CHEYENNE, Wyo. — Interventional pain management physicians at Cheyenne Regional Medical Center, or CRMC, are the first in Wyoming to use the SPRINT Peripheral Nerve Stimulation, or PNS, system, a minimally invasive and nonopioid neurostimulation device used to treat acute and chronic pain.
“The brain perceives pain from signals sent up the spinal cord from peripheral nerves. SPRINT is designed to interrupt those pain messages and decrease pain symptoms by delivering tiny electrical pulses to the targeted peripheral nerve,” said Dr. Natalie Winter, interventional pain management specialist with CRMC and Cheyenne Regional Medical Group, or CRMG, Medical Specialty Clinic. “Over time, stimulation of a peripheral nerve with SPRINT is believed to change how the brain may perceive and respond to pain.”
Physicians across the nation have prescribed the SPRINT system to treat multiple pain conditions, including post-amputation pain, inoperable knee and shoulder joint pain, chronic neck and low back pain, complex regional pain syndrome, post-traumatic acute pain and post-operative pain following joint replacement and surgical reconstruction, according to a CRMC press release.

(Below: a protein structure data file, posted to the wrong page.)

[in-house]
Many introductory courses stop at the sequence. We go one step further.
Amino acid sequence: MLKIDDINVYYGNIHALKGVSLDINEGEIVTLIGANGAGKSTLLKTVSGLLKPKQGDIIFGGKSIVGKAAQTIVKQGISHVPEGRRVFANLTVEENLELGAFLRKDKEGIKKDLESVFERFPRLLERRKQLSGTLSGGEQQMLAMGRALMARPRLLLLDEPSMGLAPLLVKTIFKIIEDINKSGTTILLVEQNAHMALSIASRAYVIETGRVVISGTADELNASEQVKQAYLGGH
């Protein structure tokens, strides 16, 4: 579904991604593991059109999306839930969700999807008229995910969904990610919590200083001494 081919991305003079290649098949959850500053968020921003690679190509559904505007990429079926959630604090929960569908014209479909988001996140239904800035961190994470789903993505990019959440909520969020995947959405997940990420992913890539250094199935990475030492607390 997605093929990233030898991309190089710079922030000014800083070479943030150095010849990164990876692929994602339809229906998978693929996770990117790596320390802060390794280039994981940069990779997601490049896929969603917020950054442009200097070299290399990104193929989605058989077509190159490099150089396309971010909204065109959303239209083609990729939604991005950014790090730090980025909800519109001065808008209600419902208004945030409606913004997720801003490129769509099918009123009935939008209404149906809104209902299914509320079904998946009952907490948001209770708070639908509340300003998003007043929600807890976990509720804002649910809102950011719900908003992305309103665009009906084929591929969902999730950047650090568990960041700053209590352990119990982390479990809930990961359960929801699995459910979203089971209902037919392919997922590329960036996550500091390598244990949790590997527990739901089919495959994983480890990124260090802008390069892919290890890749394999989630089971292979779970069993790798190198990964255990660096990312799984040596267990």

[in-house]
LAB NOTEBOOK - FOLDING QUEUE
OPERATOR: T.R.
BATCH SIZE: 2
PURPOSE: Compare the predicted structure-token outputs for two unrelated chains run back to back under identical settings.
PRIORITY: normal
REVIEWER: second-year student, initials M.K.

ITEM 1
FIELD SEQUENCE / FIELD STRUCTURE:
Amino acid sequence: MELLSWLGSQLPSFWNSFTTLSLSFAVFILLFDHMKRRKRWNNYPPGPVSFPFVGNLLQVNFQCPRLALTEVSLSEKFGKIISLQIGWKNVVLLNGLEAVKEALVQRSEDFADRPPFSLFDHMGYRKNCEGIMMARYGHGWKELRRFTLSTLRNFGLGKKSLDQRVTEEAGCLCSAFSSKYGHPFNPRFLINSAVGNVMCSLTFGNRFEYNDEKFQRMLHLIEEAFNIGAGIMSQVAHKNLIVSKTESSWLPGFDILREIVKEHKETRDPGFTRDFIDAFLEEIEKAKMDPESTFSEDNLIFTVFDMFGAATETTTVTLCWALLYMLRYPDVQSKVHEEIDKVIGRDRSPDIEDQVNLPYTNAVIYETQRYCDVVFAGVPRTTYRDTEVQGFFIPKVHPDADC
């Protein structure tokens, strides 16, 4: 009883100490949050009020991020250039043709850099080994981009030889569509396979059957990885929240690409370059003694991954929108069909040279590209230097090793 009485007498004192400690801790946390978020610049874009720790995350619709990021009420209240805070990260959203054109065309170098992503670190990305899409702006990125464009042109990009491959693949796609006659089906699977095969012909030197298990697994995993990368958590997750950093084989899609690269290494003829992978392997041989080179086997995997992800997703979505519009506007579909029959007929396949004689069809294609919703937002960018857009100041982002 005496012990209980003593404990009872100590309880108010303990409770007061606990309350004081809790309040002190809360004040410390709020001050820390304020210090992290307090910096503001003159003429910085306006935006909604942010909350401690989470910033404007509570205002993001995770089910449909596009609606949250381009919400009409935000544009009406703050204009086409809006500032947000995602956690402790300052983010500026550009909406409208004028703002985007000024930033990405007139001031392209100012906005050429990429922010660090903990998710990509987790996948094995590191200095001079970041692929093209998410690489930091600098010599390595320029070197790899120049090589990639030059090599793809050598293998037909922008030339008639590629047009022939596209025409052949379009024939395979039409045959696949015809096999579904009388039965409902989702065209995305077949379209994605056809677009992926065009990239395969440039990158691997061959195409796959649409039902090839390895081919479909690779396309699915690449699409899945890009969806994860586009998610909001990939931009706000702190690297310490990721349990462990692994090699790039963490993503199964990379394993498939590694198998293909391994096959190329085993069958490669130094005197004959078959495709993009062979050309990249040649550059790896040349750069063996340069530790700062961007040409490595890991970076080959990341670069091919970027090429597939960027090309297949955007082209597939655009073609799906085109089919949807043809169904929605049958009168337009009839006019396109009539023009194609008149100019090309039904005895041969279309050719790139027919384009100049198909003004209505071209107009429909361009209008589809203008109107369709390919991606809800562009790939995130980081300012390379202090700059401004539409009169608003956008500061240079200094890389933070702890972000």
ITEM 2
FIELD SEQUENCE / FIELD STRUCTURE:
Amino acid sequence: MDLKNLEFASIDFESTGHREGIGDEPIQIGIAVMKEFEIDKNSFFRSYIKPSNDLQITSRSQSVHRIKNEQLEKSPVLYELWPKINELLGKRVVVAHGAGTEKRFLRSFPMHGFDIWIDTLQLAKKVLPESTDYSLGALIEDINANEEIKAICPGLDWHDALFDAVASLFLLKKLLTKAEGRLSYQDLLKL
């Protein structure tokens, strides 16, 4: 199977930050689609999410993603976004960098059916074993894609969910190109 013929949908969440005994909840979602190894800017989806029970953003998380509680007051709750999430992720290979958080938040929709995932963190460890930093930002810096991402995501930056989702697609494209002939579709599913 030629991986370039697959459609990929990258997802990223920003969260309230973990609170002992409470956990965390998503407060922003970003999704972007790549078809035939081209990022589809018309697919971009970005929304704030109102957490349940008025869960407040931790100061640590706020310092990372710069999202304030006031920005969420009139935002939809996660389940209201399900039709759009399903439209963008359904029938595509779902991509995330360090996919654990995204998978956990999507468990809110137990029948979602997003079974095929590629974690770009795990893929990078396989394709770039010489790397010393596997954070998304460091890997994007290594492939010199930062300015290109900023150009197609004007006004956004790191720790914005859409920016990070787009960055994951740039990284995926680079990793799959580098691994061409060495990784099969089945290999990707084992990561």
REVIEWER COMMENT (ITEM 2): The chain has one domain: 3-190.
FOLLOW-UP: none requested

“SPRINT is the most highly researched peripheral nerve stimulation system available today,” said Dr. William Denk, interventional pain management specialist with CRMC and CRMG Medical Specialty Clinic. “Multiple studies show that this system has demonstrated significant and sustained improvement in pain and function in most patients for at least a year.”
Per the release, the SPRINT system works by implanting a thin lead wire called a MicroLead that targets a peripheral nerve. The placement does not require surgery or incisions and is typically conducted as an outpatient procedure performed under local anesthesia. The MicroLead is attached to a matchbox-sized external pulse generator that is worn on the body. The generator sends gentle electrical pulses through the MicroLead to the nerve. Patients can adjust the stimulation level using a handheld Bluetooth-enabled remote control. After 60 days, the MicroLead is removed in the physician’s office.
“The SPRINT system fulfills a critical need for a drug-free, surgery-free option for many people in our community and region who suffer from chronic and acute pain,” Dr. Winter said.
For more information about the SPRINT PNS system and its application, contact the CRMG Medical Specialty Clinic at (307) 638-7757.